by Kristen Euretig, CFP® Founder & Chief Planner
I was honored to be invited as a guest on the radio show and podcast What We Know, What We Don’t last month and the conversation centered around the pervasive relationship between shame and personal finance. As we discuss on the episode, money seems to be one of the last taboo topics in our society. There has been a lot of progress towards more openness about topics such as mental health, sex, sexual identity and addiction, to name a few. But finance? It’s unusual for people to discuss it openly, especially when it comes to the challenges people face.
I have often told prospective clients that there’s no need to be ashamed if you don’t know how to improve your financial situation on your own. If our car or computer breaks down, we don’t seem to feel like we should know how to fix it ourselves. Why should finances be any different? We don’t get a financial education in school, and very few families discuss and educate children on finances in the home, so where exactly are we supposed to develop this skill that so many feel they should have?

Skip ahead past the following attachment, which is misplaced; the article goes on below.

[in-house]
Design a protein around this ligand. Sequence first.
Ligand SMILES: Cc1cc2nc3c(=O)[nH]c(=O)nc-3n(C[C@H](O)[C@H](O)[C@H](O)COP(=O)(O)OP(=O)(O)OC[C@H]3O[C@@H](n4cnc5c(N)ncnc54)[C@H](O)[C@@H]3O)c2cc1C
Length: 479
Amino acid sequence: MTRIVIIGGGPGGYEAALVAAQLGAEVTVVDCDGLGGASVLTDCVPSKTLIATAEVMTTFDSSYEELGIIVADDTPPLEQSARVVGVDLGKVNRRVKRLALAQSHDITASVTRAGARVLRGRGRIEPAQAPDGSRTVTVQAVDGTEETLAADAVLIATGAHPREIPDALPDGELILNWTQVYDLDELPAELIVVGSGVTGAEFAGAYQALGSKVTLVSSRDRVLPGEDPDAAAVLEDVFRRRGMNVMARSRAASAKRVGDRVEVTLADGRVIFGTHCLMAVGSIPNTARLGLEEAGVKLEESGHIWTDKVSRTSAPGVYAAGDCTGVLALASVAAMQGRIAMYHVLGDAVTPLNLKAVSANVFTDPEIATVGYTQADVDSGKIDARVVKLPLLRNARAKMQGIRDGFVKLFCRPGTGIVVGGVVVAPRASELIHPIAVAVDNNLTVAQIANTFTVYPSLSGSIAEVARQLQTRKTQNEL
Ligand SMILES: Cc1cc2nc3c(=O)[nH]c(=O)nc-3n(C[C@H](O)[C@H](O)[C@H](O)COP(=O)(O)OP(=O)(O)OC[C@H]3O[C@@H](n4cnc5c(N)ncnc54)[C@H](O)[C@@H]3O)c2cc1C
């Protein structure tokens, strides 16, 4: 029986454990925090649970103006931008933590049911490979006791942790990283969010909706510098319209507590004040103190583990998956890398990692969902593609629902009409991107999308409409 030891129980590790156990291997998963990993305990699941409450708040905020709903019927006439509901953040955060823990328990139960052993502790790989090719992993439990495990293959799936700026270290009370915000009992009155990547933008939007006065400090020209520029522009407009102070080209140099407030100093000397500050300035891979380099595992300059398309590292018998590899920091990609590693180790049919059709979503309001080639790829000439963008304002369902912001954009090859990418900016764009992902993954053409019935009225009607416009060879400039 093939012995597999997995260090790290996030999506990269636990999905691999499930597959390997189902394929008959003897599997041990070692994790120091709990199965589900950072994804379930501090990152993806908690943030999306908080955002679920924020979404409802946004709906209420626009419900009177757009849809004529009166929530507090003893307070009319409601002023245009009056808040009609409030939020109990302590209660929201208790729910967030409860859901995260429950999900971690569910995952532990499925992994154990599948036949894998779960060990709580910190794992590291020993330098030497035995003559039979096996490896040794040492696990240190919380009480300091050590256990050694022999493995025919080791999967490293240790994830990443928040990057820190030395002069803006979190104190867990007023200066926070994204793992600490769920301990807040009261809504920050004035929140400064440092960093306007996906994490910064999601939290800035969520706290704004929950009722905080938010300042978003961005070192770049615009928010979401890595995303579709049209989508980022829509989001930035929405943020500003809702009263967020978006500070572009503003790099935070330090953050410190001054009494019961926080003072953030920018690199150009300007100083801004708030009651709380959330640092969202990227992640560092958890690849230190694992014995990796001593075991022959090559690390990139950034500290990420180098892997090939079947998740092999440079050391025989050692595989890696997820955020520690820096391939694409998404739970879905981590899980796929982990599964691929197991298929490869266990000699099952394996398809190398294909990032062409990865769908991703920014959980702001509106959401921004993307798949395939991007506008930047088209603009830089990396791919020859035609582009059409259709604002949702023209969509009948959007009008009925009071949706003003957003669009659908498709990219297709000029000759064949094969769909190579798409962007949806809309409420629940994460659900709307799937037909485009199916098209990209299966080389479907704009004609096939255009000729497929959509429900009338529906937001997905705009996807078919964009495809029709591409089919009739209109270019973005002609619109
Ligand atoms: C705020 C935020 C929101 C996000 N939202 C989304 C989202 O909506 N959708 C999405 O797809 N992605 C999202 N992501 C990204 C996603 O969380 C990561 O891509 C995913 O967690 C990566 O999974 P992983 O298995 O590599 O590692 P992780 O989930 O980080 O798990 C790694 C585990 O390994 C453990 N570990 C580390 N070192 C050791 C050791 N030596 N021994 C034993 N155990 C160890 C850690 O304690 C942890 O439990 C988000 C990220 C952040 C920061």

The less we talk about things, the more intense our sense of isolation and shame can become. That’s why I love when Benita Conde, co-host of What We Know, What We Don’t, bravely shares a personal financial experience that has traditionally been totally taboo to discuss openly. Check out the episode to hear her surprising personal reveal that I find inspiring and admirable for its vulnerability.